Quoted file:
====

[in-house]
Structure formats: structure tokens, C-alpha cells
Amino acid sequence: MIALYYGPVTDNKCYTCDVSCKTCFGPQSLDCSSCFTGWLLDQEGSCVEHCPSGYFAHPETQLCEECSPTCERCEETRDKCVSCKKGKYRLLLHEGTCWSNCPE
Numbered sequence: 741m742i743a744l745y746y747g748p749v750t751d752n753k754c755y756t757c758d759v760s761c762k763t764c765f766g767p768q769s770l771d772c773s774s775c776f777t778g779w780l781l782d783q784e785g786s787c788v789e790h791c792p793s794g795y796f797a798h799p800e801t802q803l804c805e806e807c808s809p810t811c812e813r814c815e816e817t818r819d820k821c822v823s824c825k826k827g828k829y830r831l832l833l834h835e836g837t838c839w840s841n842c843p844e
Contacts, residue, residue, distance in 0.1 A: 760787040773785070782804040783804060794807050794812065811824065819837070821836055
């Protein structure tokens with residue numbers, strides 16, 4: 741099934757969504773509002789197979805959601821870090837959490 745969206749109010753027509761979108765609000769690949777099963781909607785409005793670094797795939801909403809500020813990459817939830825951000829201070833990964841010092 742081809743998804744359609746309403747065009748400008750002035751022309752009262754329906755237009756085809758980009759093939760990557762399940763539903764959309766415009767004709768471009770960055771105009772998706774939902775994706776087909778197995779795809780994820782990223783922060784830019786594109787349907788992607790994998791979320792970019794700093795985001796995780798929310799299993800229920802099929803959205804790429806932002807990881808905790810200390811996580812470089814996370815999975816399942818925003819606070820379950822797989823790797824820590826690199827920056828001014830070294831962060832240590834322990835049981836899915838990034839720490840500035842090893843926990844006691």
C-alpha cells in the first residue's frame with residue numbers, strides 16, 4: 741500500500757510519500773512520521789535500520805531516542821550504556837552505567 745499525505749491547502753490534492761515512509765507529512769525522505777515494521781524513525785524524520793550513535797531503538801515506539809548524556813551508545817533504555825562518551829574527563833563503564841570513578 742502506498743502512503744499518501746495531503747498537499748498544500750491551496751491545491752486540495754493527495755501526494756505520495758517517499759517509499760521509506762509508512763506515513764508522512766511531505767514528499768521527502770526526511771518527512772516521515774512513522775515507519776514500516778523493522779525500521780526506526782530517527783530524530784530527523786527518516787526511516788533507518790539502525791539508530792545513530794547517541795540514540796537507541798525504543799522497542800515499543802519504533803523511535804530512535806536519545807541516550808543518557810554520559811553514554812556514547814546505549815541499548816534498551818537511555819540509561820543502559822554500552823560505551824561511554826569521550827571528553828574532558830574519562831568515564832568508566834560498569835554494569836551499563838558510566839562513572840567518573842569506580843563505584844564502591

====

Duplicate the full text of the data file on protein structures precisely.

[in-house]
Structure formats: structure tokens, C-alpha cells
Amino acid sequence: MIALYYGPVTDNKCYTCDVSCKTCFGPQSLDCSSCFTGWLLDQEGSCVEHCPSGYFAHPETQLCEECSPTCERCEETRDKCVSCKKGKYRLLLHEGTCWSNCPE
Numbered sequence: 741m742i743a744l745y746y747g748p749v750t751d752n753k754c755y756t757c758d759v760s761c762k763t764c765f766g767p768q769s770l771d772c773s774s775c776f777t778g779w780l781l782d783q784e785g786s787c788v789e790h791c792p793s794g795y796f797a798h799p800e801t802q803l804c805e806e807c808s809p810t811c812e813r814c815e816e817t818r819d820k821c822v823s824c825k826k827g828k829y830r831l832l833l834h835e836g837t838c839w840s841n842c843p844e
Contacts, residue, residue, distance in 0.1 A: 760787040773785070782804040783804060794807050794812065811824065819837070821836055
């Protein structure tokens with residue numbers, strides 16, 4: 741099934757969504773509002789197979805959601821870090837959490 745969206749109010753027509761979108765609000769690949777099963781909607785409005793670094797795939801909403809500020813990459817939830825951000829201070833990964841010092 742081809743998804744359609746309403747065009748400008750002035751022309752009262754329906755237009756085809758980009759093939760990557762399940763539903764959309766415009767004709768471009770960055771105009772998706774939902775994706776087909778197995779795809780994820782990223783922060784830019786594109787349907788992607790994998791979320792970019794700093795985001796995780798929310799299993800229920802099929803959205804790429806932002807990881808905790810200390811996580812470089814996370815999975816399942818925003819606070820379950822797989823790797824820590826690199827920056828001014830070294831962060832240590834322990835049981836899915838990034839720490840500035842090893843926990844006691």
C-alpha cells in the first residue's frame with residue numbers, strides 16, 4: 741500500500757510519500773512520521789535500520805531516542821550504556837552505567 745499525505749491547502753490534492761515512509765507529512769525522505777515494521781524513525785524524520793550513535797531503538801515506539809548524556813551508545817533504555825562518551829574527563833563503564841570513578 742502506498743502512503744499518501746495531503747498537499748498544500750491551496751491545491752486540495754493527495755501526494756505520495758517517499759517509499760521509506762509508512763506515513764508522512766511531505767514528499768521527502770526526511771518527512772516521515774512513522775515507519776514500516778523493522779525500521780526506526782530517527783530524530784530527523786527518516787526511516788533507518790539502525791539508530792545513530794547517541795540514540796537507541798525504543799522497542800515499543802519504533803523511535804530512535806536519545807541516550808543518557810554520559811553514554812556514547814546505549815541499548816534498551818537511555819540509561820543502559822554500552823560505551824561511554826569521550827571528553828574532558830574519562831568515564832568508566834560498569835554494569836551499563838558510566839562513572840567518573842569506580843563505584844564502591